Lowell, Massachusetts. The name is synonymous with the Industrial Revolution—not only its remarkable achievements, but the darkest chapters of its abuses: exploitation of children, bloody battles for workers’ rights, and the concentration of wealth in the hands of the owner class.

If you haven’t checked in with Lowell since high school American History, you might be surprised. Like a lot of American rust-belt cities, Lowell still struggles to provide an economic base for its working-class population. But residents, area nonprofits, and city government have collaborated on a number of initiatives to help the city transition to a post-industrial economy.

One such group is Mill City Grows, a nonprofit formed in 2011 with a mission focused specifically on food justice. It’s an apt undertaking for an organization located in the cradle of the Industrial Revolution. Like yesterday’s textile mills, today’s food system has been industrialized to the detriment of both farm workers and food consumers.

Mill City Grows takes a multifaceted approach to battling these inequalities: They helped establish and manage a half-dozen community gardens; they support three urban farms; they organize a variety of educational programs for all ages; and they operate a mobile market that brings fresh produce where it’s needed most in the city.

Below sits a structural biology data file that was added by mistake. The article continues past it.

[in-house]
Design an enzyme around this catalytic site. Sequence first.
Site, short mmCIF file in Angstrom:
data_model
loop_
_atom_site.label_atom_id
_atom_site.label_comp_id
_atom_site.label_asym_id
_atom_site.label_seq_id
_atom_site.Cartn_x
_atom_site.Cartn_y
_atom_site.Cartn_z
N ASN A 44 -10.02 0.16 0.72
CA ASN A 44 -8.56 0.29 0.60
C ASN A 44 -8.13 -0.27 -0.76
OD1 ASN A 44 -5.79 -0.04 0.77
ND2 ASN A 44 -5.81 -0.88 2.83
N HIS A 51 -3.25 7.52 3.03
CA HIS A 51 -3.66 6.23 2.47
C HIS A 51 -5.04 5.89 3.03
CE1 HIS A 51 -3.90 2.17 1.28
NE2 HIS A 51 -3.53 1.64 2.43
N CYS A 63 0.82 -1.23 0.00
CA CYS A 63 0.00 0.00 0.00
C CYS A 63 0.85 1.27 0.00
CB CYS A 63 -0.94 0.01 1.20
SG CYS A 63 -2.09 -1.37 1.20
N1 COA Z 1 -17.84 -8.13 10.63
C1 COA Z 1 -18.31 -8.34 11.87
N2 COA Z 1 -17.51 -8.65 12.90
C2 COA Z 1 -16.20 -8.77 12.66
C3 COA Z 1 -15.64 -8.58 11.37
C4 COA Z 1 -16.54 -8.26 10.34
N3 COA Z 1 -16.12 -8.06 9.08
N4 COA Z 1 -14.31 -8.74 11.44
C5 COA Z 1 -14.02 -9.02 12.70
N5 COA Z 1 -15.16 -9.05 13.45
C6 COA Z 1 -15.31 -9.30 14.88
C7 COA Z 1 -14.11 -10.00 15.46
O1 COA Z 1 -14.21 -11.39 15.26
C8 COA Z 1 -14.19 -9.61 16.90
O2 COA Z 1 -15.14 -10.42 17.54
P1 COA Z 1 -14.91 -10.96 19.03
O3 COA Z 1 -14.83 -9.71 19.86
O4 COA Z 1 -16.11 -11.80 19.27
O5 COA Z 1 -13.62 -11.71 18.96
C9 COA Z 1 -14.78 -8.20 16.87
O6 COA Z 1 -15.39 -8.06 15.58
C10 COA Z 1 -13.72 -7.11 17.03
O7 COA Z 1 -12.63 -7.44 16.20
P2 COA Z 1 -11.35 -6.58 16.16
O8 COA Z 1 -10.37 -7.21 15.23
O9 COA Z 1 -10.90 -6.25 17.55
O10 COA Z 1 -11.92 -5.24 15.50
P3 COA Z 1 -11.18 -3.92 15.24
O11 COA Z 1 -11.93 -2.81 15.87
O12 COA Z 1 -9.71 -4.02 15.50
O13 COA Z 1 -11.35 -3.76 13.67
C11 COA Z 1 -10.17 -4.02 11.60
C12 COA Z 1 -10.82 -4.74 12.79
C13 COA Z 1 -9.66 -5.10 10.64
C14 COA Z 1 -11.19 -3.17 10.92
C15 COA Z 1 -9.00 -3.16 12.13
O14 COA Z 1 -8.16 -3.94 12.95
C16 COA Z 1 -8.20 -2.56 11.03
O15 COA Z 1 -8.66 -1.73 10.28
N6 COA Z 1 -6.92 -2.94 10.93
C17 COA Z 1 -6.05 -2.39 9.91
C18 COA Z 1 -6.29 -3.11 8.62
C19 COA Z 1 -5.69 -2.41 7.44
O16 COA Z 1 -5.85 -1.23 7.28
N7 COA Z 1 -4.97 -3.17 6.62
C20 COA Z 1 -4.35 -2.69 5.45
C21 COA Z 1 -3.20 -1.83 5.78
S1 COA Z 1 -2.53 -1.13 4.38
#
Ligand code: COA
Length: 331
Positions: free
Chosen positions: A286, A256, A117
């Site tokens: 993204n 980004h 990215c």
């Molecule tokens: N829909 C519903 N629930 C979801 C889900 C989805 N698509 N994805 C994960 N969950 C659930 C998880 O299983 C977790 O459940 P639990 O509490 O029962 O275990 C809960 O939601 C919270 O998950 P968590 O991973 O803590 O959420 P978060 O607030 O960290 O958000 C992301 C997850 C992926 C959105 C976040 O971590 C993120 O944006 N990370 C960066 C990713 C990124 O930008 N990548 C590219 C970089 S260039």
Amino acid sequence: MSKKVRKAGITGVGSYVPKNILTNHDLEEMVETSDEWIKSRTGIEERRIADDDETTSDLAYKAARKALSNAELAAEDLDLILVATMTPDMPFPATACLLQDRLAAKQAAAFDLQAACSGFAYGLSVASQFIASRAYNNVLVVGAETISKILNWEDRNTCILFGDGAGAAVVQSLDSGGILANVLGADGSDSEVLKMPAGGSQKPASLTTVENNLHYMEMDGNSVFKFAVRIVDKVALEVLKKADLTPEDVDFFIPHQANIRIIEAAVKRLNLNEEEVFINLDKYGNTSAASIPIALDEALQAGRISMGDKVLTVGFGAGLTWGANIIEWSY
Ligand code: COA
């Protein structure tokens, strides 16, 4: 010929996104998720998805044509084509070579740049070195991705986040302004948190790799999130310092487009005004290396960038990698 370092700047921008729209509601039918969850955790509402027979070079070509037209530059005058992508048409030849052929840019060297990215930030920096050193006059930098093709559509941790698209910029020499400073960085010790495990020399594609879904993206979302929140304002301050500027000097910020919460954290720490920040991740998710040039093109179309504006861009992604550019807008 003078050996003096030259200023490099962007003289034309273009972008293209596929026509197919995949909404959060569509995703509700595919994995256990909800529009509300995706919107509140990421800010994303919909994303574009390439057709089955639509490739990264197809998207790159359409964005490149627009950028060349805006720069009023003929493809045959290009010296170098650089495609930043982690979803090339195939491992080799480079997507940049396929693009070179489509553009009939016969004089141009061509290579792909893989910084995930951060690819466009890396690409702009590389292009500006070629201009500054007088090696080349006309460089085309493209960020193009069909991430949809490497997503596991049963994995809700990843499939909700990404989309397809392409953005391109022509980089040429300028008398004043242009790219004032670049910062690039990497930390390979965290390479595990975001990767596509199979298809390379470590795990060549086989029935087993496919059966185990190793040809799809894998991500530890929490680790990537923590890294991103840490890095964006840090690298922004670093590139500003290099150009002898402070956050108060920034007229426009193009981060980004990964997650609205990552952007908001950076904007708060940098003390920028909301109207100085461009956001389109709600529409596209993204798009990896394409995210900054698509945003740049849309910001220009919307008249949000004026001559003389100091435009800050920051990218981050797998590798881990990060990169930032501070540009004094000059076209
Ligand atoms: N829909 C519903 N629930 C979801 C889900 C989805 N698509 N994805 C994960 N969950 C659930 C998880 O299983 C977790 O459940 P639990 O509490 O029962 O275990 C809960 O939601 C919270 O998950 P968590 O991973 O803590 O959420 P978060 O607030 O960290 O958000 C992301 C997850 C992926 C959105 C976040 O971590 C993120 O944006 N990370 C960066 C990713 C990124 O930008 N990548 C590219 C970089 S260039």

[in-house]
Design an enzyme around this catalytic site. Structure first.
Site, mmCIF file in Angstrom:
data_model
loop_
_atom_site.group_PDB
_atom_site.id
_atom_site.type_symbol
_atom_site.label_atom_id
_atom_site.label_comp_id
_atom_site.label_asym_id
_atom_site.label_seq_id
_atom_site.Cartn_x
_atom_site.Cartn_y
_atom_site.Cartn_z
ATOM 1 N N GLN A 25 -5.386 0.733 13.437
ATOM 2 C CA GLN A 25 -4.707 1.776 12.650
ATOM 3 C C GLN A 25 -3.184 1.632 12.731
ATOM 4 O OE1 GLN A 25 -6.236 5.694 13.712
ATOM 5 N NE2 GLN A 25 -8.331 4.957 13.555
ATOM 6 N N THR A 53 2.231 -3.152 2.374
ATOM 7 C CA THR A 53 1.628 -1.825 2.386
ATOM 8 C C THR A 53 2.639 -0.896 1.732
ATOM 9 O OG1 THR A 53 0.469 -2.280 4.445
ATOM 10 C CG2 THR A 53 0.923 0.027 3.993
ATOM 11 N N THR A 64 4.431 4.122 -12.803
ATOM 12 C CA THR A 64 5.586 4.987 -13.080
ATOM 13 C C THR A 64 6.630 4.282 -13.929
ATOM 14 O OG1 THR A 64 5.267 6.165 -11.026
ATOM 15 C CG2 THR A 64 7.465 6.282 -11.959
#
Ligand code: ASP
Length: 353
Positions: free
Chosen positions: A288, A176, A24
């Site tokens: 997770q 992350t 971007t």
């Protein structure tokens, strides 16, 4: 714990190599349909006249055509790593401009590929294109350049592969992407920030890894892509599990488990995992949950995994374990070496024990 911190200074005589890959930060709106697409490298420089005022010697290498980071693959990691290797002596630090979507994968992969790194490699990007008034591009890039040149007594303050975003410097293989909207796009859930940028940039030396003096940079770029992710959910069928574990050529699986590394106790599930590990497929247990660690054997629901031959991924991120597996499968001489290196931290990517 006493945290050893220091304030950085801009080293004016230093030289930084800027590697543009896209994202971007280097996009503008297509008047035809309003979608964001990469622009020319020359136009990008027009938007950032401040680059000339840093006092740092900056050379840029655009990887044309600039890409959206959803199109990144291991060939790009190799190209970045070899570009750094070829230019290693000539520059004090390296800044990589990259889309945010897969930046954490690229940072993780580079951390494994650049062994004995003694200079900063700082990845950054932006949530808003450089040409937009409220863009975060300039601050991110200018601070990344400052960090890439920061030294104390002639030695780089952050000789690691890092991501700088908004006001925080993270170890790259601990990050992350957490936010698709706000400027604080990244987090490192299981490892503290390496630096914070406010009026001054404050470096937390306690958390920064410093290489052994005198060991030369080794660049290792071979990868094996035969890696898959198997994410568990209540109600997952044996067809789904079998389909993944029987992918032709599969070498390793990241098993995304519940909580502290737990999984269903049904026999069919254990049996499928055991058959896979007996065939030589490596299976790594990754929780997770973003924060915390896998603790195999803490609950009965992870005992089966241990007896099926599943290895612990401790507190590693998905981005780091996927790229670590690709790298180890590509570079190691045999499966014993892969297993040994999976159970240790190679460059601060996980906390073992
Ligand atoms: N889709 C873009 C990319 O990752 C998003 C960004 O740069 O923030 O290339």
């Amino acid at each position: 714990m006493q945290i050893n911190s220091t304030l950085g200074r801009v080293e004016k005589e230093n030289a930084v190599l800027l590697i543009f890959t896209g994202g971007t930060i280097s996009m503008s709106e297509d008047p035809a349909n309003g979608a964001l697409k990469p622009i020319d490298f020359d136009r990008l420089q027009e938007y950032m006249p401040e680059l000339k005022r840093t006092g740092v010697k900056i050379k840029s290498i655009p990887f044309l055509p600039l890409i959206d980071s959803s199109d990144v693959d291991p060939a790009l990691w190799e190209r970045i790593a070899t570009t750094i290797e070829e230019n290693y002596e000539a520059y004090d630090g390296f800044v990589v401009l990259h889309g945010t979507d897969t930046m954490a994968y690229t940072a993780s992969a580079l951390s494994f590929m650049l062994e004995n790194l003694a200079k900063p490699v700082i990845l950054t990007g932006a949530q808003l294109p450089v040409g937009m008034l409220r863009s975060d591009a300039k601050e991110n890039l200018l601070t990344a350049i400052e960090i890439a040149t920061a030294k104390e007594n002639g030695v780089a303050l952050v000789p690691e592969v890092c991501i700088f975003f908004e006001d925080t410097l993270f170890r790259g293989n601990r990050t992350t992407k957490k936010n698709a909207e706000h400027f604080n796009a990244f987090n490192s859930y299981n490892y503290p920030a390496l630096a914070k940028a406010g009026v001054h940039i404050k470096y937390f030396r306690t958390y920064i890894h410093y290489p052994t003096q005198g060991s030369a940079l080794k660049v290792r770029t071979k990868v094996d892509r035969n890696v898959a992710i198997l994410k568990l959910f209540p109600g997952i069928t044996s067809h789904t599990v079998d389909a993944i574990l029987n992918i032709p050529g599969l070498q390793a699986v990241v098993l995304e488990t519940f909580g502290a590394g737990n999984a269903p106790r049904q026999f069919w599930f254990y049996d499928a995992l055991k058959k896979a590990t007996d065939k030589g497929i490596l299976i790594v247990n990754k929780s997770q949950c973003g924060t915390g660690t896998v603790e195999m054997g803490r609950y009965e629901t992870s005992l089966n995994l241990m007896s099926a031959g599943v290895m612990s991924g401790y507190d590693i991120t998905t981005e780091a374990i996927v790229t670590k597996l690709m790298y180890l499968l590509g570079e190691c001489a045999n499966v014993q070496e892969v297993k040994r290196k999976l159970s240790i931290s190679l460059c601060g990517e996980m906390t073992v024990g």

Children in a classroom gather around a chef and observe him preparing a dish for them to sample.

Youth cooking class organized by Mill City Grows

Volunteer Jane Wright harvests Kale in the early morning for Mill City Grows at their urban farm in Lowell, Mass.

Volunteer Jane Wright harvests Kale in the early morning for Mill City Grows at their urban farm in Lowell, Mass. (Winslow Townson for The Boston Globe; used with permission from Mill City Grows)

Now the organization is launching a new initiative aimed at training college students in intensive, sustainable urban agriculture. The program is a collaboration with the University of Massachusetts, Lowell, and includes an energy-efficient greenhouse, native plant gardens, and a number of new urban farm plots. The program is designed to give UMass students a hands-on classroom to learn about all aspects of urban food production, including community nutrition, early childhood education, business planning, marketing—and of course, farm skills.

Programs like this one are vital in the effort to transform our food system. With a growing percentage of the U.S. population concentrated in cities and suburbs, urban farm programs play an important role in building a sustainable, local food system.

Youth in the garden take notes on the lettuce their observing growing.

Moreover, as manicured city greenspaces (or vacant lots) are transformed into food-producing farms and gardens, everyday people get involved and learn about the sources of their sustenance—and the more they know, says Mill City co-director Francey Slater, the more they are engaged in shifting the food system toward more sustainable practices. “We connect people of all ages and backgrounds with food and the act of growing,” says Slater. “For some, it’s a new experience and for others it’s deeply ingrained. Either way, the process of planting, nurturing, and consuming the fruits of your labor is transformative.”

Check out some other organizations that are transforming lives through urban gardening and agriculture here!

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Organic Valley is committed to supporting its local communities and is happy to sponsor Mill City Grows for its impact on the lives of community members.